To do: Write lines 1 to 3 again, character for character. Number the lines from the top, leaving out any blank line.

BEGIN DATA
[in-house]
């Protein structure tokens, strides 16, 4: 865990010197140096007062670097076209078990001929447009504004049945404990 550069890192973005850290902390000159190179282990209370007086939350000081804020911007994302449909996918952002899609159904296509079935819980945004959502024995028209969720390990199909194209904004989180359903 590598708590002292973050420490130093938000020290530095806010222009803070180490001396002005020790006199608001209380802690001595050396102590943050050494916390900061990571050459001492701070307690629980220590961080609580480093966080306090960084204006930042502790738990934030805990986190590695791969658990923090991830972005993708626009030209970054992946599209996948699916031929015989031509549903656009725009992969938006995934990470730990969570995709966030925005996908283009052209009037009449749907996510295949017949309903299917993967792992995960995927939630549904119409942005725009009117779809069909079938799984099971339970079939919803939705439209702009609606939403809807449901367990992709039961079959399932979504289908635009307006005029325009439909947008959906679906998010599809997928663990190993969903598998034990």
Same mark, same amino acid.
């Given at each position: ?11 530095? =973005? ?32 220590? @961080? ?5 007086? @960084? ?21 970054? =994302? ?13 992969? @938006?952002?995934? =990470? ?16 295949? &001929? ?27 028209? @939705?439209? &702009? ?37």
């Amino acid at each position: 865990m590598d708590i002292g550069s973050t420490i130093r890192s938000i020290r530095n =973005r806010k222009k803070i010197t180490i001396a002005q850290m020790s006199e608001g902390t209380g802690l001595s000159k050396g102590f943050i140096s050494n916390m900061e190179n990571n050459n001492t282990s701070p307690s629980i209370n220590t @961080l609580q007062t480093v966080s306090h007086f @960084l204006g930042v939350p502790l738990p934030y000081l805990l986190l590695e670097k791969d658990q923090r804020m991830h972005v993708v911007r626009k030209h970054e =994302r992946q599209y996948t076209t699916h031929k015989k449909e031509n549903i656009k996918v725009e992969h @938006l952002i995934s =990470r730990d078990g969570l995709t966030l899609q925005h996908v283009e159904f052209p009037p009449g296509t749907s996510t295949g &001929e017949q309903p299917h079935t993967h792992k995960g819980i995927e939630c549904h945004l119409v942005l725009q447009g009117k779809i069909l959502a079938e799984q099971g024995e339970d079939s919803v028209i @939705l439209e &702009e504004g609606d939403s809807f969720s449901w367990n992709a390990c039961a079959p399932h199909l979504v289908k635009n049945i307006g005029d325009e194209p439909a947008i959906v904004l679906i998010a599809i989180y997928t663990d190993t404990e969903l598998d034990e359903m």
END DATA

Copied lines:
[in-house]
């Protein structure tokens, strides 16, 4: 865990010197140096007062670097076209078990001929447009504004049945404990 550069890192973005850290902390000159190179282990209370007086939350000081804020911007994302449909996918952002899609159904296509079935819980945004959502024995028209969720390990199909194209904004989180359903 590598708590002292973050420490130093938000020290530095806010222009803070180490001396002005020790006199608001209380802690001595050396102590943050050494916390900061990571050459001492701070307690629980220590961080609580480093966080306090960084204006930042502790738990934030805990986190590695791969658990923090991830972005993708626009030209970054992946599209996948699916031929015989031509549903656009725009992969938006995934990470730990969570995709966030925005996908283009052209009037009449749907996510295949017949309903299917993967792992995960995927939630549904119409942005725009009117779809069909079938799984099971339970079939919803939705439209702009609606939403809807449901367990992709039961079959399932979504289908635009307006005029325009439909947008959906679906998010599809997928663990190993969903598998034990």
Same mark, same amino acid.